Also create rules for the feel (or same kind of user acceptance board for new software.

Q: Different software in usage everywhere; what can I do? (Your simplified case)
A: What is the "real" problem here? Different GUIs? NO!! You already said that they WANT to have their different solutions for different problems (best-of-breed) and nobody cared that the software looked in other ways, no they even like that! (You even could us the CI.)
But of course (mainatinability) you want to tidy up and use common basis infrastructure to get e.g. a common search over many modules. So the way is to tidy up and not to create now cloves for old rubbish.

Q: How do I make a restful portal over many technologies?
A: Be creative. Why not just using the databases of the different systems? Databasis are already really technology independent ant "restful" ;-)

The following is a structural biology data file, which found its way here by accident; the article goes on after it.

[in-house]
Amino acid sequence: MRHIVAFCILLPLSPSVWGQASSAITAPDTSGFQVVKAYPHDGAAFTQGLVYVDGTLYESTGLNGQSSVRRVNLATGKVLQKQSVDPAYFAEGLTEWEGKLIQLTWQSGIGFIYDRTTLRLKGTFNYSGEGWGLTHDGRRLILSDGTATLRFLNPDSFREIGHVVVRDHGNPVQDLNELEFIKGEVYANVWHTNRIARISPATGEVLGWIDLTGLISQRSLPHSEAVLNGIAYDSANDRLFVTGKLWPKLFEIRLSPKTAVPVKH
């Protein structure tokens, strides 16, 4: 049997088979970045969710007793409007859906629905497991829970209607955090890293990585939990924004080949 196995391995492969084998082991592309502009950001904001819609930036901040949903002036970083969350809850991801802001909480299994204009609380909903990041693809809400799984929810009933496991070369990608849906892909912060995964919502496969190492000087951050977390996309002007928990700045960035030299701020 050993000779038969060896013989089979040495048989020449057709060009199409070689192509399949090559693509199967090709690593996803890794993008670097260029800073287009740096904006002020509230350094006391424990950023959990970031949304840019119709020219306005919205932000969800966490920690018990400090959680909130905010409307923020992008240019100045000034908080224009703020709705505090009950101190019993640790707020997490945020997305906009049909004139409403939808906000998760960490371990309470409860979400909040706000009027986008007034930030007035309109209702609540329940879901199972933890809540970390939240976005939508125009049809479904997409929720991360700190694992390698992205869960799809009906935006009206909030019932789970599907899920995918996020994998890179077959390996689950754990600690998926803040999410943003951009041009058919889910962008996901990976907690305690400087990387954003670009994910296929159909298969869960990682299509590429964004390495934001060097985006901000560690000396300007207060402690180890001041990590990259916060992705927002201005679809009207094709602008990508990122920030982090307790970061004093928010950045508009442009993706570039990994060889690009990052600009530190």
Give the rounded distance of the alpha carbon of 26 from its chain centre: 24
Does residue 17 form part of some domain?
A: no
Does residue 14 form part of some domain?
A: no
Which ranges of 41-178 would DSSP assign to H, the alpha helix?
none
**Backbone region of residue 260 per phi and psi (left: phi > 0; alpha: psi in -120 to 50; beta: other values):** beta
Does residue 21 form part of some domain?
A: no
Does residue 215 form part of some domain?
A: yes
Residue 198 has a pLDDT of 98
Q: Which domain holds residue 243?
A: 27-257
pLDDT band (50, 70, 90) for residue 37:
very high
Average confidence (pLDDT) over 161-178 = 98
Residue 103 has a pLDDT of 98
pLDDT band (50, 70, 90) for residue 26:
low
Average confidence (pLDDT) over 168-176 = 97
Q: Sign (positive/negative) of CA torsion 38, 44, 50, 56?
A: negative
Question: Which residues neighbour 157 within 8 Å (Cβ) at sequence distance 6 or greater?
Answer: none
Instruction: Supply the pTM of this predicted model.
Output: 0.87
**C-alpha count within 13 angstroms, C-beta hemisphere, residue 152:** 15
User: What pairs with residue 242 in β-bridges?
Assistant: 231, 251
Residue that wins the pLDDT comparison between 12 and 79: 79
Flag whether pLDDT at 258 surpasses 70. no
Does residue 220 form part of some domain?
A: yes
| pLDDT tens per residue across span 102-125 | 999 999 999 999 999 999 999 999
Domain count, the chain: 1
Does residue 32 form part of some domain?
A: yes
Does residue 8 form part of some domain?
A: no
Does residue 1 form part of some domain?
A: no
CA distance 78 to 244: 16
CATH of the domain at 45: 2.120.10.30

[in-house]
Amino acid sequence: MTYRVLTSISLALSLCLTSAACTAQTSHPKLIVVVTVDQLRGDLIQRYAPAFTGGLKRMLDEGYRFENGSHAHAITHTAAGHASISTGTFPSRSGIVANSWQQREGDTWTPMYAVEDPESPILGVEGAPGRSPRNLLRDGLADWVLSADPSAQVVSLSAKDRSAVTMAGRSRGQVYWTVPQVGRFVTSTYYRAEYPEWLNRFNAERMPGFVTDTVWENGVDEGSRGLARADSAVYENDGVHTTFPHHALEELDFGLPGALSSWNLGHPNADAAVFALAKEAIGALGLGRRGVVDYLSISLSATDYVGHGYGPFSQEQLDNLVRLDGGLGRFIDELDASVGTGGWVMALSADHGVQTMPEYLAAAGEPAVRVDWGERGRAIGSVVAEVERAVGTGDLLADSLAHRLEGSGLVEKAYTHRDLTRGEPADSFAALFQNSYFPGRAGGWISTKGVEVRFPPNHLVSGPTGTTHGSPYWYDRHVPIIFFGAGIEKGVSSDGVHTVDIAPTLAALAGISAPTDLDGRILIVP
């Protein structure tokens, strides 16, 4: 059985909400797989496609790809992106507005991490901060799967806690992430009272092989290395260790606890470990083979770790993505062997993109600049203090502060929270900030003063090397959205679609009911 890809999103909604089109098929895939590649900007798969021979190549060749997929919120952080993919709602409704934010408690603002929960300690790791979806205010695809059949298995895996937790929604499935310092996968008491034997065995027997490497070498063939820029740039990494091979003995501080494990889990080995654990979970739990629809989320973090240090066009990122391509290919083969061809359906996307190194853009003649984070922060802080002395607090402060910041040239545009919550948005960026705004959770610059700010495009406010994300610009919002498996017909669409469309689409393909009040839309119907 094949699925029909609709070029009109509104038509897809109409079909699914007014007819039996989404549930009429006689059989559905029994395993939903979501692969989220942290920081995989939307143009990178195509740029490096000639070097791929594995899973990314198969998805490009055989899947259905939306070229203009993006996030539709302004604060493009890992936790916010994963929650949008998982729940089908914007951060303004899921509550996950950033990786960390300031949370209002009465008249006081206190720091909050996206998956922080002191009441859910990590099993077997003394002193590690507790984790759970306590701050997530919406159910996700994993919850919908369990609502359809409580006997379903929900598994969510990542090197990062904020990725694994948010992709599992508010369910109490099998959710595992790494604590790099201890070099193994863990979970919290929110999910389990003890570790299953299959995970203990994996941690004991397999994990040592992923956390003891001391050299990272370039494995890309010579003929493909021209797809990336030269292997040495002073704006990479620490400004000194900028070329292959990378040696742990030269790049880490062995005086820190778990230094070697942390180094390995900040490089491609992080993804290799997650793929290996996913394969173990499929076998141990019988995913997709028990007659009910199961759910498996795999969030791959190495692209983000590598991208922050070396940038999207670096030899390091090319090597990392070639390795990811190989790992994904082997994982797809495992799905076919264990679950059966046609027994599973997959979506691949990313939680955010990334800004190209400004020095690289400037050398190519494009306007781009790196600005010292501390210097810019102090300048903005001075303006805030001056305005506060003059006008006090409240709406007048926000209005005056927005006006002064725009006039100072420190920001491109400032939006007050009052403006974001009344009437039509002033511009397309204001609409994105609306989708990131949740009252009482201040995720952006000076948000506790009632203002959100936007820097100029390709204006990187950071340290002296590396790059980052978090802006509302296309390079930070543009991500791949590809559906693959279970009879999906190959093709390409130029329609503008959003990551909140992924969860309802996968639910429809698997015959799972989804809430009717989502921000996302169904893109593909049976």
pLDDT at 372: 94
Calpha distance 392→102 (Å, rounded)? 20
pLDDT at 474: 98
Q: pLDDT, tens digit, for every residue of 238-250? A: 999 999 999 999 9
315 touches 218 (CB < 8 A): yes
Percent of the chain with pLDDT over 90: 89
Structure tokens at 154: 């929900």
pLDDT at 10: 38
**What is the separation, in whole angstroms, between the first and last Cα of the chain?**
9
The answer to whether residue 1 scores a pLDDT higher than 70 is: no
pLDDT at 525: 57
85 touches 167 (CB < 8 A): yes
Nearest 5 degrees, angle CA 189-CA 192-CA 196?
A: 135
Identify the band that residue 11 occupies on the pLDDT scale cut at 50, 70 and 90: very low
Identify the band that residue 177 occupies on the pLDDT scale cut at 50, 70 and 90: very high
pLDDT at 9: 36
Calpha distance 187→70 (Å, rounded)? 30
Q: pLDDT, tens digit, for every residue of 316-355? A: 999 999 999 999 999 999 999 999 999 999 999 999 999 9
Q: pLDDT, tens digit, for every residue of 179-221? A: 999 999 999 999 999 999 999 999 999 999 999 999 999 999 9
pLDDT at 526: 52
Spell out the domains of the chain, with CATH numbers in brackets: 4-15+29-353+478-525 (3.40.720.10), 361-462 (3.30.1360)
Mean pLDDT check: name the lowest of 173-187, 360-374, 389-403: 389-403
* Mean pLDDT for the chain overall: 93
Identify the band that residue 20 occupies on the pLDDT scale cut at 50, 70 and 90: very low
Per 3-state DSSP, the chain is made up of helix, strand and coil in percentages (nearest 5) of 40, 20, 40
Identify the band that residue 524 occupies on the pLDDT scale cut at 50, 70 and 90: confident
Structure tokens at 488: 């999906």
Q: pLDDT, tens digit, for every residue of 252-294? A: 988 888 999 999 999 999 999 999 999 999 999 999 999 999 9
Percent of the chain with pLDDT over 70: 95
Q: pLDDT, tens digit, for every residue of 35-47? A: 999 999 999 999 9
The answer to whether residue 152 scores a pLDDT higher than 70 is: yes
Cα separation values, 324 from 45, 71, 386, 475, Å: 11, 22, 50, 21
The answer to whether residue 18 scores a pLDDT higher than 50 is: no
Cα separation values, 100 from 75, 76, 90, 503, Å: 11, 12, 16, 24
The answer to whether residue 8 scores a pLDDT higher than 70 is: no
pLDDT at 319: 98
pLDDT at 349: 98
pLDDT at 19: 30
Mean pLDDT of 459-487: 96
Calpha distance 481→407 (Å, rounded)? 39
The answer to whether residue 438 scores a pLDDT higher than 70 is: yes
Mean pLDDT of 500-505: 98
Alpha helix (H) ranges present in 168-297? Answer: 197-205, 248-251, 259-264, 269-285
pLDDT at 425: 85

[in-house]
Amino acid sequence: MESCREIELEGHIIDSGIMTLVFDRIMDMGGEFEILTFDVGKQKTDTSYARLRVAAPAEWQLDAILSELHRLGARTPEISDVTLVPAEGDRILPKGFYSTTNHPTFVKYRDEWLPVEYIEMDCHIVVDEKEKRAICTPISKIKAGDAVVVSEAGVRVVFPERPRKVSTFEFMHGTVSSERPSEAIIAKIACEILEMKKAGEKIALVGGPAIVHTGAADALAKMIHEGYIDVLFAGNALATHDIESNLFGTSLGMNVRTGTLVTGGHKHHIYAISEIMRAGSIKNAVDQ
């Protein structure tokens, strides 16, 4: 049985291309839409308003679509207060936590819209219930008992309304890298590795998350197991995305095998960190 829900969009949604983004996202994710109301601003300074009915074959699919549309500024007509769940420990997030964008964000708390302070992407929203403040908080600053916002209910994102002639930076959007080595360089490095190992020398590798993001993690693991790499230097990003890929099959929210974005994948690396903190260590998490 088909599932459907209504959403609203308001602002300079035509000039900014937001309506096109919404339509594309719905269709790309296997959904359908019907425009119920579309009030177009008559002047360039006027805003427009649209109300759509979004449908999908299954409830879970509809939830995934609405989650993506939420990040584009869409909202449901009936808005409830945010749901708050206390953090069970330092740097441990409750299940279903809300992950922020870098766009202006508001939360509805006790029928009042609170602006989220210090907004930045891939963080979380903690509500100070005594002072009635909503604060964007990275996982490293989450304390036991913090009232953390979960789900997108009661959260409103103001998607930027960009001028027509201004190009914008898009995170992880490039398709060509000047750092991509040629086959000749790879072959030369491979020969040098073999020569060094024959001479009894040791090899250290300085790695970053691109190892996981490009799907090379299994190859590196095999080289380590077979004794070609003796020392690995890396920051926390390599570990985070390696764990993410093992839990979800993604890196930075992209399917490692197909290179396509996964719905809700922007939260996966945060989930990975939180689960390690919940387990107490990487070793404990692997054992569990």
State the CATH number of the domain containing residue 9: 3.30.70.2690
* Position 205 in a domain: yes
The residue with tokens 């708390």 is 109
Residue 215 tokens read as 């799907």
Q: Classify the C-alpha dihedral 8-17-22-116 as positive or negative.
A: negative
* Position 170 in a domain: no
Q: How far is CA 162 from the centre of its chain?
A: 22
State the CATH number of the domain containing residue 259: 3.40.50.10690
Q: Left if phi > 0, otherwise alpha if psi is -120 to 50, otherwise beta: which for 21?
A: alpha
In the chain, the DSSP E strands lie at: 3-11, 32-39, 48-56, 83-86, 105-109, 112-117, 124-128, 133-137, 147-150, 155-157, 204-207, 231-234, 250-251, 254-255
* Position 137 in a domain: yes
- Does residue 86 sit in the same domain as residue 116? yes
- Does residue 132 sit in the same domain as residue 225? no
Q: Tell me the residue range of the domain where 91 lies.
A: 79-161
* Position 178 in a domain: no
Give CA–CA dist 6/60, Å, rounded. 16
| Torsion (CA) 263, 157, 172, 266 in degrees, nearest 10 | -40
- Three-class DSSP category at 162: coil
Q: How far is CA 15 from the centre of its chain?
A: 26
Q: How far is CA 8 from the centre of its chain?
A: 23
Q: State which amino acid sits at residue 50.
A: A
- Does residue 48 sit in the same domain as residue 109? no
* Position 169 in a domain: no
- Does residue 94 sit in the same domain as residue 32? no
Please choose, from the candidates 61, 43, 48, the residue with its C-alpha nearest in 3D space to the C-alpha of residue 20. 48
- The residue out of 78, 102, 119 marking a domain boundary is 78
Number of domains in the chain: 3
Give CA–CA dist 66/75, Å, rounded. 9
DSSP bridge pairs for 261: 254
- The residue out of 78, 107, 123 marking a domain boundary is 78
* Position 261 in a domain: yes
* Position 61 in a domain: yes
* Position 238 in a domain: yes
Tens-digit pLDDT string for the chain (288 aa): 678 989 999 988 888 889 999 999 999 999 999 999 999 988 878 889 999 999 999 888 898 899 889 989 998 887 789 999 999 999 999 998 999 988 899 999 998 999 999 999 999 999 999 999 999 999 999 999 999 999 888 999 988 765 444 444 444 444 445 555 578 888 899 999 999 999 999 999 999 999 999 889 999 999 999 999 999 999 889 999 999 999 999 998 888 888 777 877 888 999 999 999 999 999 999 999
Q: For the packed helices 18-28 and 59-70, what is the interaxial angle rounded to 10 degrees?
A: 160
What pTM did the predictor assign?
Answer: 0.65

Stop the fun. The problem is neither the portal nor the forum nor the lack of integration. The problem is that web just is not designed for such things. You like REST? Lean back for a few minutes and think about what REST is doing better than SOAP and then think about what our approach to portals is doing better hen portals ;-)

Q: How do I provide an aggregation of services?
A: Use a fitted common platform, framework, what ever you call it. but it has to be common and simply expandable to new modules ... Call it a CMS with a lot of modules (Joomla!), or call it a portal: But the way here is not th "portal" itself but the new  infrastructural basics and new APIs. If there are already many such apps around, you have to integrate them. Mostly there is no way than porting them - or leaving them as I adviced in my article above.


After all I think that if one has to create a new huge webbased infrastructure for an organisation, maybe it is a good idea to use a portal, not because the portal functionality but because it already brings many "framework" components I mentioned above with it (and so you can spare time with discussions).

So in the end our conclusion is the same ... portlets do (mostly) not help a lot.